Live from Prairie Lights | Carolina Hotchandani & Kelly Rose Hoffer

March 1, 2024 - 7:00pm
Prairie Lights Books

Carolina Hotchandani and Kelly Rose Hoffer will read from their debut poetry collections. Carolina Hotchandani will read from The Book Eaters. “Carolina Hotchandani’s The Book Eaters is that rare debut: one that satisfies the heart and head in equal measures. In these subtle, lyric poems, Hotchandani explores the loss of a father’s language and memory, a loss complicated by Partition, emigration, and the body’s own failures, even by narrative itself, which threatens to revise and reimagine the past, even as the writing of these poems helps revive the speaker’s memories. These poems understand that language and culture offer us a paradox: we may be contained and constrained within the languages we inherit and lose, yet we also become authors of our identities through our love of story, extending our lines of memory and culture so that all the selves we are and have been tangle together. In the end, where does a self truly end and narrative fantasy begin? ‘I don’t know/ how to part the story from the person and keep the person,’ Hotchandani writes, but these are poems that—miraculously—preserve both.” —Paisley Rekdal

Carolina Hotchandani is a Latinx/South Asian poet born in Brazil and raised in various parts of the United States. She holds degrees from Brown, Texas State, and Northwestern universities and has received scholarships from the Bread Loaf Writers' Conference, Community of Writers, Napa Valley Writers' Conference, Rona Jaffe Foundation, and Tin House Writers' Workshop. Her poetry has appeared in AGNI, Alaska Quarterly Review, Beloit Poetry Journal, Blackbird, Cincinnati Review, Missouri Review, Prairie Schooner, and other journals. She is a Goodrich Assistant Professor of English in Omaha, Nebraska, where she lives with her husband and daughter.

Writers' Workshop alum Kelly Rose Hoffer will read from Undershore, winner of the Lightscatter Press Prize, chosen by judge Diana Khoi Nguyen. “Undershore is incandescent, like an electric light housing a filament which glows when a current passes through it. A filament as tender and tenacious as spider silk weathering the elements. Its lyrical adroitness is immediately felt and heard… After a death comes a ‘disrupted texture,’ but in mapping the body with the natural world, the speaker finds a way to move forward, as clouds are never not moving, as plants continue to grow toward the sun, until the day that they don't. Never will I forget this speaker: ‘try to shape my mouth a poppy /ringed with dew, my neck a greening nape. I come / off inelegant—something borrowed, something / burrowed. unseemly. lustering.’ Yet in these vulnerable admissions of self, and statements of sheer longing, the poet's sightline is unerringly honest, seeking, and true.” —Diana Khoi Nguyen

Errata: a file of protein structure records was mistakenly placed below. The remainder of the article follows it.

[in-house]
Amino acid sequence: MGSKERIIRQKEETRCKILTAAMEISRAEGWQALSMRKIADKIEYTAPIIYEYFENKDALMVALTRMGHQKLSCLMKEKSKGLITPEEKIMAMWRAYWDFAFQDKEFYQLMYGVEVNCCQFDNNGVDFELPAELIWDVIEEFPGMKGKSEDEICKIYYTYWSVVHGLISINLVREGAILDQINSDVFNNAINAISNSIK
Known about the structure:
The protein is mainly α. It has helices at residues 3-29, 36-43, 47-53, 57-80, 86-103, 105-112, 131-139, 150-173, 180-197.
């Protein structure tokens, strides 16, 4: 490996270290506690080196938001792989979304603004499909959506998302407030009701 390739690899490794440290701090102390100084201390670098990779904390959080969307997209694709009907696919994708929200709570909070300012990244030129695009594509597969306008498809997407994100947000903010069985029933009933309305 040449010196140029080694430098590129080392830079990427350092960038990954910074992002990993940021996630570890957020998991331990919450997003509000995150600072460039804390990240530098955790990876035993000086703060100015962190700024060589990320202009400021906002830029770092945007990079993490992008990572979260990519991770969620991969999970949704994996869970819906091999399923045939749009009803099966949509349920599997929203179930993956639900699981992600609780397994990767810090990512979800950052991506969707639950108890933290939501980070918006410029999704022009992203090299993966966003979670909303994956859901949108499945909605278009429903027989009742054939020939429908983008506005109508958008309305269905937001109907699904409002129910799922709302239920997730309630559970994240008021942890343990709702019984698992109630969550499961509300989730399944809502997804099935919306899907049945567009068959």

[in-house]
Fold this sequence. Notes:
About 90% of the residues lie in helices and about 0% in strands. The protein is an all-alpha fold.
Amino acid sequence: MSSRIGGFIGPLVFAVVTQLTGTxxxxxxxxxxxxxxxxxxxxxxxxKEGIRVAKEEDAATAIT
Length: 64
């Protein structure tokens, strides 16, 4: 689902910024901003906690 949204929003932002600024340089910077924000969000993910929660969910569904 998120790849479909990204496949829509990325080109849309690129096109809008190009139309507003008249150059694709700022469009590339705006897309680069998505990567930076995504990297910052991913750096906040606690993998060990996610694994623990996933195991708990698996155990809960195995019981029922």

Kelly Hoffer is a poet and book artist. Her second manuscript, Fire Series, was a finalist for the 2021 National Poetry Series. Her poems have appeared or are forthcoming in Gulf Coast, TAGVVERK, American Chordata, Denver Quarterly, Chicago Review, and Prelude, among others. She holds an MFA in Poetry from the Iowa Writers’ Workshop and a PhD in Literatures in English from Cornell University. She currently teaches in the MFA program at the University of Michigan as the Helen Zell Visiting Professor in Poetry.

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